Monday, February 29, 2016

Birthdays are happier now

Have you ever wondered why waiters don't sing the original “Happy Birthday to You” when you dine out on that special day? It's because the restaurant would have had to pay a royalty to Warner/Chappell Music, a subsidiary of Warner Music Group, who claimed ownership of the song. Yep, until just a week ago or so, Warner collected approximately $2 million per year licensing the use of that song.

Not any more.

Last September, law librarians at the University of Pittsburgh found an old manuscript of the song, older than anyone had realized. Older than the 1935 claim of Warner Music Group. Which made the song old enough to belong in the public domain.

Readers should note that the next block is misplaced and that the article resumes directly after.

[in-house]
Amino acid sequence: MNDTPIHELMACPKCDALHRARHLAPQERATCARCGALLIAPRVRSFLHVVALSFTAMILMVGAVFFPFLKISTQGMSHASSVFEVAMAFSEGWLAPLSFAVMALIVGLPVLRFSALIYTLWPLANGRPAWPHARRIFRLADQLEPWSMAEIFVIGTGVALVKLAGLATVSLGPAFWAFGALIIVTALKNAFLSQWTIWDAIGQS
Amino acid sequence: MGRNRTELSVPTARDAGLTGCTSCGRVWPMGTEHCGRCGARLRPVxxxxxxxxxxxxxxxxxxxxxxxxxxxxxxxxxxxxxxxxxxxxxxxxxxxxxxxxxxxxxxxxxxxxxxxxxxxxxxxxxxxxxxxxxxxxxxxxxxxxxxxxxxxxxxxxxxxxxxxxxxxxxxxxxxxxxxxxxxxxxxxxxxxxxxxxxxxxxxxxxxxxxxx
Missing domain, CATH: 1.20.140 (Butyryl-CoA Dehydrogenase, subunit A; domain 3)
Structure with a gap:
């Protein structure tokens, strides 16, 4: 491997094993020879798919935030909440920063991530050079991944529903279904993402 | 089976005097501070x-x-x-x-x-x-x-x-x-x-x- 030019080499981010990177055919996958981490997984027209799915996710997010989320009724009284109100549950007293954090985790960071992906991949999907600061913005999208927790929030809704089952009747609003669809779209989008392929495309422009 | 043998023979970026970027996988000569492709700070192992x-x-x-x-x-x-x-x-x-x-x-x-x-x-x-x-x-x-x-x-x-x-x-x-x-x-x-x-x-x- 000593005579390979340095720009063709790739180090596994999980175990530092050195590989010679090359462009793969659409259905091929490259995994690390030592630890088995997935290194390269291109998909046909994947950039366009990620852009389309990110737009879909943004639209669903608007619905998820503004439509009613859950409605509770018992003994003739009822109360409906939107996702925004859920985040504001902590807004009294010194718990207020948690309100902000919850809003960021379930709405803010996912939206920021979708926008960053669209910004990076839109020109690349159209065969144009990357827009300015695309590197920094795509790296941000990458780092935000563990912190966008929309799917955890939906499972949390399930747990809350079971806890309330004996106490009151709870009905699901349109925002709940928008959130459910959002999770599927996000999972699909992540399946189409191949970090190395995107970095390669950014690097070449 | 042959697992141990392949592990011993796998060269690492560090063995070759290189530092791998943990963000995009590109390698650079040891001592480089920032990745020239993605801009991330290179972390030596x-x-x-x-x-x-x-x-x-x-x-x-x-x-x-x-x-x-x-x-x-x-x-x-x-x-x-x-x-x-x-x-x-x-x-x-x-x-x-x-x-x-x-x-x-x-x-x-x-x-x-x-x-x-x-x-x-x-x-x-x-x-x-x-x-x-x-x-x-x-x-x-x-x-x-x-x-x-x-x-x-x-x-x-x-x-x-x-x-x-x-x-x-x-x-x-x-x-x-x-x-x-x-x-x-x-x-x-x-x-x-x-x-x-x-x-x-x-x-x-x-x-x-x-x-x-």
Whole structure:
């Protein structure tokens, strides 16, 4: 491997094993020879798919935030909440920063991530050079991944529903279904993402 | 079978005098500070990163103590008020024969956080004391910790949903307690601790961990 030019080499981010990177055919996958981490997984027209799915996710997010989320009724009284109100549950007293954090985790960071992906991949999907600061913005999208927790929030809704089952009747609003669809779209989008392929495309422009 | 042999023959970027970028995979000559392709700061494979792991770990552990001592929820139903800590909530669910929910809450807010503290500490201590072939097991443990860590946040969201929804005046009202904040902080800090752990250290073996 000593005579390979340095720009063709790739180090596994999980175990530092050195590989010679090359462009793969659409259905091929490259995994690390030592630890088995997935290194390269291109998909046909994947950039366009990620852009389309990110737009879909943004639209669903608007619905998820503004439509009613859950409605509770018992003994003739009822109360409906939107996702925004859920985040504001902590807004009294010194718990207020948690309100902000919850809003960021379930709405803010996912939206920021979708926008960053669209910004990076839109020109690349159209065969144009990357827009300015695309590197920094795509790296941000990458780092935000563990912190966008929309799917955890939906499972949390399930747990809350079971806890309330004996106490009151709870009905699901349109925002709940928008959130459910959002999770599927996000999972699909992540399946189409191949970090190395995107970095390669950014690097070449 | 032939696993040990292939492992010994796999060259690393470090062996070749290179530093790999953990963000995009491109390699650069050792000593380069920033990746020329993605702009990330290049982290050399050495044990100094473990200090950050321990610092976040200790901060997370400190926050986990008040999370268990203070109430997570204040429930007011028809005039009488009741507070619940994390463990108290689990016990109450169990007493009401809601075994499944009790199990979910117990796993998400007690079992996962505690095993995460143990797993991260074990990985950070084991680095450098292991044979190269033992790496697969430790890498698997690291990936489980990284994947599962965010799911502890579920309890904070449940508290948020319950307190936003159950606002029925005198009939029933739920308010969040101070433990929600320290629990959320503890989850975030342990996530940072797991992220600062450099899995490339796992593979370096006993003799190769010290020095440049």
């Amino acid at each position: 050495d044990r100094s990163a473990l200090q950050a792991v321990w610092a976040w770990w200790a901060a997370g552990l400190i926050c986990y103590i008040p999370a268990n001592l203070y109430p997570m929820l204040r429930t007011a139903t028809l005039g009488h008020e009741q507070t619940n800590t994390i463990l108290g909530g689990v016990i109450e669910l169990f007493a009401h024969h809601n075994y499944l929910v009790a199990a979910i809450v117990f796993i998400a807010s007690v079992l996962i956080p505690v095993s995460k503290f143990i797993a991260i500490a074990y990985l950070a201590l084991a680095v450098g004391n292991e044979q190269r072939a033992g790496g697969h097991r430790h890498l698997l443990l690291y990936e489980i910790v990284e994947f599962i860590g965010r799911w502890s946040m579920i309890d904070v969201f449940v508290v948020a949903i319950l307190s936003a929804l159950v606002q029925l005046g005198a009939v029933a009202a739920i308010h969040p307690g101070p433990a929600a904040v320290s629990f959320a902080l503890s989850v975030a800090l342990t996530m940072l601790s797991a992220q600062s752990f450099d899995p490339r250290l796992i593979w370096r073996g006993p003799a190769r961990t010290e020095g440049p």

A federal judge in California is now set to approve a settlement between class action plaintiffs (folks who claim to have paid royalties to use the song), and Warner. The $14 million settlement includes (1) payments to the plaintiffs “and all others similarly situated”, (2) a judicial declaration stating the song belongs in the public domain, and (3) a payment to the plaintiffs' attorneys of $4.62 million.

I definitely practice in the wrong area of law..................

But now when you sing “Happy Birthday to You” in that restaurant, instead of another, not-as-much-fun song, you can thank the librarians at the University of Pittsburgh, and my colleagues who chose a more lucrative legal career path than I did.

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